Harry Kakavas has gambled $1.5 billion over 14 months at Crown Casino in Melbourne, Australia in 2005-2006. Playing baccarat, Kakavas would bet up to $300,000 a hand.
Suing the casino for losses and damages for the sum of $35 million "only", the court has freed the casino of duty to the high roller. Instead he owes the casino $1 million, and probably court expenses too.
Justice David Harper ruled that while the gambler could have used Crown Casino's self-exclusion program, he had continuously bargained for better deals, which he got in the form of private jets to fly in to Melbourne and other high-roller benefits.
The justice said: "I am satisfied that, had Mr Kakavas wished to escape the enticements of the casino, he could have done so with ease. He could have arranged for self-exclusion."
Free Choice or Politics
In this case, the court has ruled to protect a person's free choice. In this context, a casino has no general duty to protect gamblers from themselves.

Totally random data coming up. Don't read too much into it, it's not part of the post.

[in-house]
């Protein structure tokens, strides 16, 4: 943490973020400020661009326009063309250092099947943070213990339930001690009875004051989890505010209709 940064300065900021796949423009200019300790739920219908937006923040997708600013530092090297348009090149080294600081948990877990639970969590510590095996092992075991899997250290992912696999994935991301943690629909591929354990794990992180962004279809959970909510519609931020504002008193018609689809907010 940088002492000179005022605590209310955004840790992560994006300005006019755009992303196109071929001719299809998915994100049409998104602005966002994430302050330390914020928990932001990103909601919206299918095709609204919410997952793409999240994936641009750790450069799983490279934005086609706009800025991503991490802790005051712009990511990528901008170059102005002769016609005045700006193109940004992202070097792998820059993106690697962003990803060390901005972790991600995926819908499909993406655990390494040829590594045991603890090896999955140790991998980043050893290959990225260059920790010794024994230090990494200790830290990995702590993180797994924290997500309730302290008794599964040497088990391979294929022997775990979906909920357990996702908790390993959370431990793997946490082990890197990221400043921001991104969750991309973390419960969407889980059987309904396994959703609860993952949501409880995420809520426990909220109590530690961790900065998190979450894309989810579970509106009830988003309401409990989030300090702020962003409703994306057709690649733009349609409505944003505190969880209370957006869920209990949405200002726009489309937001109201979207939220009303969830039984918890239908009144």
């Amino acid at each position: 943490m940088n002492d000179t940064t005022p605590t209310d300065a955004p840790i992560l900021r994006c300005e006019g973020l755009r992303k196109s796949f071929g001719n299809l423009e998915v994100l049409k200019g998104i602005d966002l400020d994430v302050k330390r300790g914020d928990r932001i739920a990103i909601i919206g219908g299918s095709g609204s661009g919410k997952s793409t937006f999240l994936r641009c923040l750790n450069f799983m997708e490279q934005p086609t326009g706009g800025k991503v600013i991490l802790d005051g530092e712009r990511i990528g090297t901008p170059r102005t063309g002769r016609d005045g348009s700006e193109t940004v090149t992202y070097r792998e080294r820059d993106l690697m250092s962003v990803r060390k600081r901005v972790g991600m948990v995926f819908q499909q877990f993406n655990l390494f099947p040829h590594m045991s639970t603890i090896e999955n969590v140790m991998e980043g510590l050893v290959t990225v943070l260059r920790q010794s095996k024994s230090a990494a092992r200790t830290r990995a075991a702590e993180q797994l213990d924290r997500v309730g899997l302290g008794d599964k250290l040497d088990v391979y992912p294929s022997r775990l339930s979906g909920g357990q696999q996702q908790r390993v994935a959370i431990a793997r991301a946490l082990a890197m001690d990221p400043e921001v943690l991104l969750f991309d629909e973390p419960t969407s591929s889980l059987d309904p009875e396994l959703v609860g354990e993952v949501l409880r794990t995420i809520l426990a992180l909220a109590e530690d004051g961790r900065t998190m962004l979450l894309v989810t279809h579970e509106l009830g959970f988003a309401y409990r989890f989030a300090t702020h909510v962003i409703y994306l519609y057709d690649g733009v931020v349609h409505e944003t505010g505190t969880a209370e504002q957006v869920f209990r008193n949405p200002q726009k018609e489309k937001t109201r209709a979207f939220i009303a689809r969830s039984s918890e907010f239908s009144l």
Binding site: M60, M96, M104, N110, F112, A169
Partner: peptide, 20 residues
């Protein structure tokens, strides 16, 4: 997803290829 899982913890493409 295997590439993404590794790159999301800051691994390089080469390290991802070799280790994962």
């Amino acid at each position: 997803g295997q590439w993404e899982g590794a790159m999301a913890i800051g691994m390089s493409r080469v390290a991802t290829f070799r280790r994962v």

Leader of Family First, Australian Senator Steve Fielding, has called following the ruling for the Prime minister to step in and get involved.
The Federal Government, Fielding said, should "step in and change the laws regarding gambling inducements."
Seemingly at odds with the free choice principle that the court has stated, Senator Fielding added that the Federal Government needs to protect the states as well. "The states are never going to do anything in this area because they are addicted to the revenue they make from gambling," said Fielding.